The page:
Letters to the Editor

Reducing mass shootings will require changes. Here are a few to consider.

Community members form a prayer circle at the conclusion of a vigil at the Santa Fe Junior High School stadium Wednesday, May 23, 2018, in Santa Fe, Texas. Eight students and two teachers were killed in last week's attack. (Mark Mulligan/Houston Chronicle via AP)
Community members form a prayer circle at the conclusion of a vigil at the Santa Fe Junior High School stadium Wednesday, May 23, 2018, in Santa Fe, Texas. Eight students and two teachers were killed in last week's attack. (Mark Mulligan/Houston Chronicle via AP)

Make changes

There has been yet another tragic and deadly school shooting, this time in Texas. We now have an established goal – a school shooting – for the twisted mind. And while some of those will be tempted but not act, a growing small percentage will actually go on a killing rampage.

Our current system is too shallow and weak to stop the determined shooter of the future. By tightening gun control laws, by strengthening enforcement, by increasing availability of mental health services, by public postings of call-in numbers to report threatening behavior we send out a message to that future killer.

Making some changes is the only way to lower the number of school shootings.

Deborah Brogden

Raleigh

Make NRA pay

There is a way to protect our children during this interim until we solve the Second Amendment problem in our country: establish airport-like security, with a single entrance and exit in every public school. And require the NRA (and perhaps gun manufacturers) to pay for it.

Let’s see how important to them the lives of our children are.

Jonathan Gerard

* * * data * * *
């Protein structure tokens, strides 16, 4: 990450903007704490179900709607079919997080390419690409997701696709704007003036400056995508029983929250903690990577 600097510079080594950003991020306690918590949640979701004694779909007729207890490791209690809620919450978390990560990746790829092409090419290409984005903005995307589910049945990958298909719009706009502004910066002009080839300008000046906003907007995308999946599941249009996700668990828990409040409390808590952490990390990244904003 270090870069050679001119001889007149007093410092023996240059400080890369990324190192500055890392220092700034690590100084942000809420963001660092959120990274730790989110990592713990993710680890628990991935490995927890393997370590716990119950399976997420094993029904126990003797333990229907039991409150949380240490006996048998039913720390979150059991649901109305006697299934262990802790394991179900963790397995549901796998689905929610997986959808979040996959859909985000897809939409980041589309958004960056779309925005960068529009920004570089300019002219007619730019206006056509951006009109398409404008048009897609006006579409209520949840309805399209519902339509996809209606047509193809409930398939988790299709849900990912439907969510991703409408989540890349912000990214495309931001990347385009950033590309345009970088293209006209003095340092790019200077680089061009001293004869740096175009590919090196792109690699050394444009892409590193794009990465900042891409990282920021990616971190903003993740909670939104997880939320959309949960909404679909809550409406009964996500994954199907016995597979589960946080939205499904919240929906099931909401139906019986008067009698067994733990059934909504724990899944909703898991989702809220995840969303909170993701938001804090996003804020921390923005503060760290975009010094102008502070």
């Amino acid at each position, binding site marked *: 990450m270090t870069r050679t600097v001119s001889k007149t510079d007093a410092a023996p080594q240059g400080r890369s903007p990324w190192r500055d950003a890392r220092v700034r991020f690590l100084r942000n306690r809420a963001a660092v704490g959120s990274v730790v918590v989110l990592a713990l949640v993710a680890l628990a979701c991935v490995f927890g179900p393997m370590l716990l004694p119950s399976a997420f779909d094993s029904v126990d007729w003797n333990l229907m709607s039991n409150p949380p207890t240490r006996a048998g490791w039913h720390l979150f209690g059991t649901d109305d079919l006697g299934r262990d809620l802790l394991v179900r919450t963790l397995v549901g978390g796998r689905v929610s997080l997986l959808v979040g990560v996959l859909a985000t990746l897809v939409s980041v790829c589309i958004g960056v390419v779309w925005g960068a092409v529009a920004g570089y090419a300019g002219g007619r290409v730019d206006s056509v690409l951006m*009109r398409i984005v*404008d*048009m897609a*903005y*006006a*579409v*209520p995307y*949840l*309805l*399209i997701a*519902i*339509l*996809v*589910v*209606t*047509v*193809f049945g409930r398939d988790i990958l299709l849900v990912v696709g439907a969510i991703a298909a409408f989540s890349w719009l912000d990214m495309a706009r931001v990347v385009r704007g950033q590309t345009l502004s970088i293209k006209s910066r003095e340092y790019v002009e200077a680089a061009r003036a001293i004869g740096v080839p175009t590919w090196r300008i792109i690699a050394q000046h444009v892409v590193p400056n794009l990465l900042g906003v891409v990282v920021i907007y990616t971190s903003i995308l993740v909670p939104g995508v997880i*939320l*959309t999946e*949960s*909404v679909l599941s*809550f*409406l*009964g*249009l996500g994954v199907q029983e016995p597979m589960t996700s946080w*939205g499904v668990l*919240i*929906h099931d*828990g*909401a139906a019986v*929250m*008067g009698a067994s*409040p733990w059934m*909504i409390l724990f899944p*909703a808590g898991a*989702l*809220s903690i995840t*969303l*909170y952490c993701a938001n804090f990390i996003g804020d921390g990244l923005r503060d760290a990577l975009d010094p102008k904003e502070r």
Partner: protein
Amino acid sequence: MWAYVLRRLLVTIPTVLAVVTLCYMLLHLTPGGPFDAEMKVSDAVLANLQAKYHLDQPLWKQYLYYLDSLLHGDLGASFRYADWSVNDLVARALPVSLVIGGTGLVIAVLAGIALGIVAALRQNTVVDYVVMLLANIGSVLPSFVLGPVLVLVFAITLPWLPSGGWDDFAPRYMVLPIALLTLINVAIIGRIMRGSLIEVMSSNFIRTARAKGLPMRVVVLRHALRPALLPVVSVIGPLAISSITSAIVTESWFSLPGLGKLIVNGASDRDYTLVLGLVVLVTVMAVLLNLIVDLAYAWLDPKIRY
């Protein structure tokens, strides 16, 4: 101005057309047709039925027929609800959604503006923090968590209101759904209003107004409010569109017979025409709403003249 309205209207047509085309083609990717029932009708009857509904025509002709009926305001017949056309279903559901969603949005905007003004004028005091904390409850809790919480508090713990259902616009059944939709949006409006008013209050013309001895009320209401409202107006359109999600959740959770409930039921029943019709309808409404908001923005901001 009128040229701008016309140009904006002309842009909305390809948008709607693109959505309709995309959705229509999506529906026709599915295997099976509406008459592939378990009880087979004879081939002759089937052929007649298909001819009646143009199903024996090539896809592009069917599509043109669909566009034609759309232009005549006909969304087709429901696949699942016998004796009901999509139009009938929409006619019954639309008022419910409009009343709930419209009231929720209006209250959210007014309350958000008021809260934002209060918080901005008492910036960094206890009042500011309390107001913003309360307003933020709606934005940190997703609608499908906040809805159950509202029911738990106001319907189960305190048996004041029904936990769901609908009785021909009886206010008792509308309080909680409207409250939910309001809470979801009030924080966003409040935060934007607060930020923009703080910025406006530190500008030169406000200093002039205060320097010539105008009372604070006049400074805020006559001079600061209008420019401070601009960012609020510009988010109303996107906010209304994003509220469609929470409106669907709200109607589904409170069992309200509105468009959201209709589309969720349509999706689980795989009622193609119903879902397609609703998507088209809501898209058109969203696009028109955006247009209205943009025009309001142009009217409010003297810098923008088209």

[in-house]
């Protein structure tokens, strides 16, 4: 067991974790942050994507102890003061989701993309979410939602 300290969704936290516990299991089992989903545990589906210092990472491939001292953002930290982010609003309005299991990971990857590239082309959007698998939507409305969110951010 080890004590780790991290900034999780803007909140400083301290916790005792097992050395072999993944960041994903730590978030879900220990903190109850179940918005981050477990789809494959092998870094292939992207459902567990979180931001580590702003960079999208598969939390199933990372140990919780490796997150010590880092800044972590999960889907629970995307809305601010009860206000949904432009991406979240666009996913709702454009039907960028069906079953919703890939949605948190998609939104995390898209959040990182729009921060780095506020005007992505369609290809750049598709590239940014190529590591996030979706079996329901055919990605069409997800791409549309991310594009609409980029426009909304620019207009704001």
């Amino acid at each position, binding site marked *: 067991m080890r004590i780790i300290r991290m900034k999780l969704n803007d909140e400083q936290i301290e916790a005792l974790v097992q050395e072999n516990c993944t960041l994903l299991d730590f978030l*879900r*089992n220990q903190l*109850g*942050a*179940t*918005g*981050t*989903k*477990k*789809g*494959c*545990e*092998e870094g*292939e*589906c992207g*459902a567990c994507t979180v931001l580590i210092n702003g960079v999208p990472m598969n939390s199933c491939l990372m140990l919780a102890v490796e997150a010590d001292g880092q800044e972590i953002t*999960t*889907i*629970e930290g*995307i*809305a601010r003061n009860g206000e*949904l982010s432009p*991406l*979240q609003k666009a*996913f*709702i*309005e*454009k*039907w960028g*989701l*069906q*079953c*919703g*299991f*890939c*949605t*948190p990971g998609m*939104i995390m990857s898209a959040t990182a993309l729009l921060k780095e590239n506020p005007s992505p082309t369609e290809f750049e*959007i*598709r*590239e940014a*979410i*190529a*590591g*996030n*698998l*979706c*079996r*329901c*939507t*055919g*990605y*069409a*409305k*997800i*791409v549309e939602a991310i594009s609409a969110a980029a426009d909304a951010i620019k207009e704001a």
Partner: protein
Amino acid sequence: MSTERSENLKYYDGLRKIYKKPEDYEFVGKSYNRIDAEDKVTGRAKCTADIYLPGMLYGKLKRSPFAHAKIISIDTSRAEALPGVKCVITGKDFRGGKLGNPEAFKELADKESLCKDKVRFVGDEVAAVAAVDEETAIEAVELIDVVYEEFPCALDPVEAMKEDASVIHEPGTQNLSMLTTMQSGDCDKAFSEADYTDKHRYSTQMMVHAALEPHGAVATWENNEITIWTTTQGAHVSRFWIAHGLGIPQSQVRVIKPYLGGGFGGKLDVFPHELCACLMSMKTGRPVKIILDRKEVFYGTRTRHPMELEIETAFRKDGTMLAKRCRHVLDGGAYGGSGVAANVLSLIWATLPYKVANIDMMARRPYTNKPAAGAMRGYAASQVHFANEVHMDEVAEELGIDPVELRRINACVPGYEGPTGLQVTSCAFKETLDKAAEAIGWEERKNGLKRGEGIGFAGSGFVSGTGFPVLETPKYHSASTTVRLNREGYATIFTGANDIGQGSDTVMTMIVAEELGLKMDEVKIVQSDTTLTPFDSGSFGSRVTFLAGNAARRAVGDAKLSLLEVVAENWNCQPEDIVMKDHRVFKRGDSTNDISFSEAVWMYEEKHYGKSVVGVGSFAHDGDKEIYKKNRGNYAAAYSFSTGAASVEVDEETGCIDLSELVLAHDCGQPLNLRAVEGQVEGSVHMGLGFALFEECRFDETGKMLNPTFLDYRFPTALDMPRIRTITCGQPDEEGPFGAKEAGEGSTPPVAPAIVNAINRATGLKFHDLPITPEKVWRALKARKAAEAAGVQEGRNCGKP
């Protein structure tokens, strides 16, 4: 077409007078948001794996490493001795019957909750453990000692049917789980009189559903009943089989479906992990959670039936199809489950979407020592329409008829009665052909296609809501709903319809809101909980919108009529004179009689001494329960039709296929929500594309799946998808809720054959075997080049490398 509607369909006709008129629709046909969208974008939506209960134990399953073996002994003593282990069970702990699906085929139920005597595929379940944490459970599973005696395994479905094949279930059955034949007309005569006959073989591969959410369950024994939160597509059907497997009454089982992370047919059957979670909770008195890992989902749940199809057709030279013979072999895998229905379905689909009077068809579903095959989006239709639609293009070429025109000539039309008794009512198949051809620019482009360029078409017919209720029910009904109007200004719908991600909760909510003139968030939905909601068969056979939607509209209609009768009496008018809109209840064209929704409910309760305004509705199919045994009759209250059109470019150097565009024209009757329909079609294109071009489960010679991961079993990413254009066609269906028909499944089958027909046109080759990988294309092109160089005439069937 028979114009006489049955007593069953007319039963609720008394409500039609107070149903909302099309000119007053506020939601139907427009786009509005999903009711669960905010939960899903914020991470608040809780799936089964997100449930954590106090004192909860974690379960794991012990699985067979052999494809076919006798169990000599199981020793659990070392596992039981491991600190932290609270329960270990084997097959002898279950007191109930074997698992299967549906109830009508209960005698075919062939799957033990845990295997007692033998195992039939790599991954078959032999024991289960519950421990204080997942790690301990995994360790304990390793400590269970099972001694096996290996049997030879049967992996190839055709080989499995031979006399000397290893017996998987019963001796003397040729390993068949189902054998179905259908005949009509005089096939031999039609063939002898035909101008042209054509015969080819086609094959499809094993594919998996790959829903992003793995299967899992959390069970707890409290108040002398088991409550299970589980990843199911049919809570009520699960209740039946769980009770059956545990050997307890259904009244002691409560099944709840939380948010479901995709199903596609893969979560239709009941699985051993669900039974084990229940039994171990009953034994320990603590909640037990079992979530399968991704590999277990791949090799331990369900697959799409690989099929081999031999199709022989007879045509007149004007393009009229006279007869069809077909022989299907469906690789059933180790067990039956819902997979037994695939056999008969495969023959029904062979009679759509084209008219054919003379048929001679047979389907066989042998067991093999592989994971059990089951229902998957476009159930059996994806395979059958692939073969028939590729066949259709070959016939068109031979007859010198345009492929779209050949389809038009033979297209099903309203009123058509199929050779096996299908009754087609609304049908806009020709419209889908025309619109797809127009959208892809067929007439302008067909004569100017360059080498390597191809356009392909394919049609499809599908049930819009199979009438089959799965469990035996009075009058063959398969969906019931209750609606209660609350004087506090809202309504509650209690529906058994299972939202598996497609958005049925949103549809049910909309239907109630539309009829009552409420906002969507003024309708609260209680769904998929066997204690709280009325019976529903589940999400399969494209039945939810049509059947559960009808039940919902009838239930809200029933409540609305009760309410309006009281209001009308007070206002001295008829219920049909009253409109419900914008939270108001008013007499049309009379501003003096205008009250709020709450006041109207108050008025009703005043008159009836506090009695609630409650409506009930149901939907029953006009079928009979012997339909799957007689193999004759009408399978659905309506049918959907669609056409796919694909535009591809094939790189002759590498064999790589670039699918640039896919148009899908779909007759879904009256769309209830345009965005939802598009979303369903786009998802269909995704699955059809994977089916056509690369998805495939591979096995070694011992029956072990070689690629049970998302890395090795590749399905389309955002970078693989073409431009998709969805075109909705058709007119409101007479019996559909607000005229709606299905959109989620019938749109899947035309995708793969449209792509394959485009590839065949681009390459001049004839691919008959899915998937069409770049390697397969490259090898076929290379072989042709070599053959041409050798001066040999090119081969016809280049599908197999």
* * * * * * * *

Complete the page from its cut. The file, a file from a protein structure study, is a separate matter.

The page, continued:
Chapel Hill

Stop shootings

Yet another mass school shooting, this time in Santa Fe, Texas. Preventing this from happening again doesn’t mean just thoughts and prayers; they have done nothing. It doesn’t mean chanting Second Amendment to a degree that would have appalled the Founding Fathers; that has done nothing. It doesn’t mean repeating the nonsense proposed by the NRA, which is opposed by the vast majority of Americans, and even by most of its own members – the nonsense that has done nothing.

Ted Cruz said “...we need to be doing everything humanly possible to stop this from ever happening again.” President Trump said he would “protect our students, secure our schools, and to keep weapons out of the hands of those who pose a threat to themselves and to others.”

So they should do what they say they will by implementing meaningful gun control legislation that will reduce the access to weapons that are only designed to kill and should only be in the hands of our military; and keep rifles, shotguns and handguns out of the hands of children, criminals and disturbed adults.

Ken Berger

Durham

Local solutions

The Columbine High School mass shooting occurred in April 1999, 19 years ago. That’s 19 years for school superintendents and school boards across the country to act to protect the children going to the schools in their charge. Yet 19 years later, a gun-toting criminal can walk into most schools unchallenged and commit mass murder.